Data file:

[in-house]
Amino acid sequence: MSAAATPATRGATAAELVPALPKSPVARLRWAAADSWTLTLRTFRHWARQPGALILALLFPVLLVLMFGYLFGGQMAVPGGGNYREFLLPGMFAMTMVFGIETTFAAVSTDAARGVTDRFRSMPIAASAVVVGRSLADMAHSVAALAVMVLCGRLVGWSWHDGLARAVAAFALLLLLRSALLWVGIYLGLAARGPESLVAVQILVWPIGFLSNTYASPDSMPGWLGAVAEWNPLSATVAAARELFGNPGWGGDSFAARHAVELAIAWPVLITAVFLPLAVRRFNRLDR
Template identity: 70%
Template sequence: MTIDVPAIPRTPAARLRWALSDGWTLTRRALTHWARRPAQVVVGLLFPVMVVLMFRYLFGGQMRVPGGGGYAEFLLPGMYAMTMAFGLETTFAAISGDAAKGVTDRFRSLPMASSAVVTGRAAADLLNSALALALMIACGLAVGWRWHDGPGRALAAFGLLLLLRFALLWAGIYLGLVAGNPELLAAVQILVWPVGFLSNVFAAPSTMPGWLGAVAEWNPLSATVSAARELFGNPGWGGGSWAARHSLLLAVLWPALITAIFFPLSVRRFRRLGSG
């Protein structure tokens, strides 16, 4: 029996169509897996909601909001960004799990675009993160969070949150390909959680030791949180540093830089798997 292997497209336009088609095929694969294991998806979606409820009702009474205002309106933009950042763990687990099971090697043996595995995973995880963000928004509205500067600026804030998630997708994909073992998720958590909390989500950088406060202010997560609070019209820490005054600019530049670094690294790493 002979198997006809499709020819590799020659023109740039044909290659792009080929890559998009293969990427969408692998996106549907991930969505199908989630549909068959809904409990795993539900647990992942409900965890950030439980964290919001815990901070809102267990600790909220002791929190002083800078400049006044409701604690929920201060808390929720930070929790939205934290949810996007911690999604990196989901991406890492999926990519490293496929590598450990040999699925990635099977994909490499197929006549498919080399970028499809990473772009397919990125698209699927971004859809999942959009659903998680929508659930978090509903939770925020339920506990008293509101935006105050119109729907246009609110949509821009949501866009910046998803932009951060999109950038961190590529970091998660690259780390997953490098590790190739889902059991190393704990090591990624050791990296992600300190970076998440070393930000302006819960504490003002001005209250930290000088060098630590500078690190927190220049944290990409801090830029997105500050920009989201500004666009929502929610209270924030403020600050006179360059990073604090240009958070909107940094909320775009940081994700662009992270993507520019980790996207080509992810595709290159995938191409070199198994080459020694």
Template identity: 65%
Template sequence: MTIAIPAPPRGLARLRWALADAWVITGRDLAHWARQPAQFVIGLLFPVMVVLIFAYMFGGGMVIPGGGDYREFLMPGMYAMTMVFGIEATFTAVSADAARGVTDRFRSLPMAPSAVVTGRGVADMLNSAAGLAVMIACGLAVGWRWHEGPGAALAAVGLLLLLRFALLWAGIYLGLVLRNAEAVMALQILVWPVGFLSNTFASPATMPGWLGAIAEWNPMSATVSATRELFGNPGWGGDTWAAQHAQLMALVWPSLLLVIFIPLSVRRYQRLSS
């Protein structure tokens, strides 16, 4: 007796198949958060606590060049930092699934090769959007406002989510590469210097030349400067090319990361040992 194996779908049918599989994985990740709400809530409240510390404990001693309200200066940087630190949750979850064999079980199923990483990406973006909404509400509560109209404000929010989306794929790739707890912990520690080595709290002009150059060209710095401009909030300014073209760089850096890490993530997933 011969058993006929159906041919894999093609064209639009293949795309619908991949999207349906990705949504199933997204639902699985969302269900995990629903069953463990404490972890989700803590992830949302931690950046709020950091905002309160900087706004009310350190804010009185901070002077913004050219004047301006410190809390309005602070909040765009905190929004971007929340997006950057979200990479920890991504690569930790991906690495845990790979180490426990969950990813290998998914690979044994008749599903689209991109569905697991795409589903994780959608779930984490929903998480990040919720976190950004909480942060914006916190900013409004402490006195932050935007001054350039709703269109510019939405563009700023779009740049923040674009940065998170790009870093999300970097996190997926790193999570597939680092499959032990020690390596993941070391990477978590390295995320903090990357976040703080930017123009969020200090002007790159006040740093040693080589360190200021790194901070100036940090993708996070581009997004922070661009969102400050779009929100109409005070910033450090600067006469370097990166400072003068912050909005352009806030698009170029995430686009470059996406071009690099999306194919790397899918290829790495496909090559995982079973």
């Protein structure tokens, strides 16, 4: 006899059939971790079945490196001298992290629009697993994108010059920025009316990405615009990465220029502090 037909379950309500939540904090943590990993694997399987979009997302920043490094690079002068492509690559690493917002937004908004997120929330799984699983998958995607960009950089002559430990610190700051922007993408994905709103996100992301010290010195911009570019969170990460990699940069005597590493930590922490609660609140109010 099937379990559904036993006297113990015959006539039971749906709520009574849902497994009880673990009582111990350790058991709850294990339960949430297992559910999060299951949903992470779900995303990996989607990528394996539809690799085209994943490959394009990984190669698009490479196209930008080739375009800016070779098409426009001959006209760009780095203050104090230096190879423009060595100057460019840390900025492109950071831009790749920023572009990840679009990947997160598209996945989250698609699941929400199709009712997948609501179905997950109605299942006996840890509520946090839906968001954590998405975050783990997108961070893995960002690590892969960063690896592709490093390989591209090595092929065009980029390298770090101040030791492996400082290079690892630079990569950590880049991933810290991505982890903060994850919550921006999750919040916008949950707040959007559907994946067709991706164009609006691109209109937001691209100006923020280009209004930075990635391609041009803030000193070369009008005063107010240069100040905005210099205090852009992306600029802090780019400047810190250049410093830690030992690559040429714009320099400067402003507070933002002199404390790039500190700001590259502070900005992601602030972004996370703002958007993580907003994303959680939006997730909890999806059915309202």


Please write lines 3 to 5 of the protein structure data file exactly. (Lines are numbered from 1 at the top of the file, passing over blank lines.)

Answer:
Template identity: 70%
Template sequence: MTIDVPAIPRTPAARLRWALSDGWTLTRRALTHWARRPAQVVVGLLFPVMVVLMFRYLFGGQMRVPGGGGYAEFLLPGMYAMTMAFGLETTFAAISGDAAKGVTDRFRSLPMASSAVVTGRAAADLLNSALALALMIACGLAVGWRWHDGPGRALAAFGLLLLLRFALLWAGIYLGLVAGNPELLAAVQILVWPVGFLSNVFAAPSTMPGWLGAVAEWNPLSATVSAARELFGNPGWGGGSWAARHSLLLAVLWPALITAIFFPLSVRRFRRLGSG
């Protein structure tokens, strides 16, 4: 029996169509897996909601909001960004799990675009993160969070949150390909959680030791949180540093830089798997 292997497209336009088609095929694969294991998806979606409820009702009474205002309106933009950042763990687990099971090697043996595995995973995880963000928004509205500067600026804030998630997708994909073992998720958590909390989500950088406060202010997560609070019209820490005054600019530049670094690294790493 002979198997006809499709020819590799020659023109740039044909290659792009080929890559998009293969990427969408692998996106549907991930969505199908989630549909068959809904409990795993539900647990992942409900965890950030439980964290919001815990901070809102267990600790909220002791929190002083800078400049006044409701604690929920201060808390929720930070929790939205934290949810996007911690999604990196989901991406890492999926990519490293496929590598450990040999699925990635099977994909490499197929006549498919080399970028499809990473772009397919990125698209699927971004859809999942959009659903998680929508659930978090509903939770925020339920506990008293509101935006105050119109729907246009609110949509821009949501866009910046998803932009951060999109950038961190590529970091998660690259780390997953490098590790190739889902059991190393704990090591990624050791990296992600300190970076998440070393930000302006819960504490003002001005209250930290000088060098630590500078690190927190220049944290990409801090830029997105500050920009989201500004666009929502929610209270924030403020600050006179360059990073604090240009958070909107940094909320775009940081994700662009992270993507520019980790996207080509992810595709290159995938191409070199198994080459020694």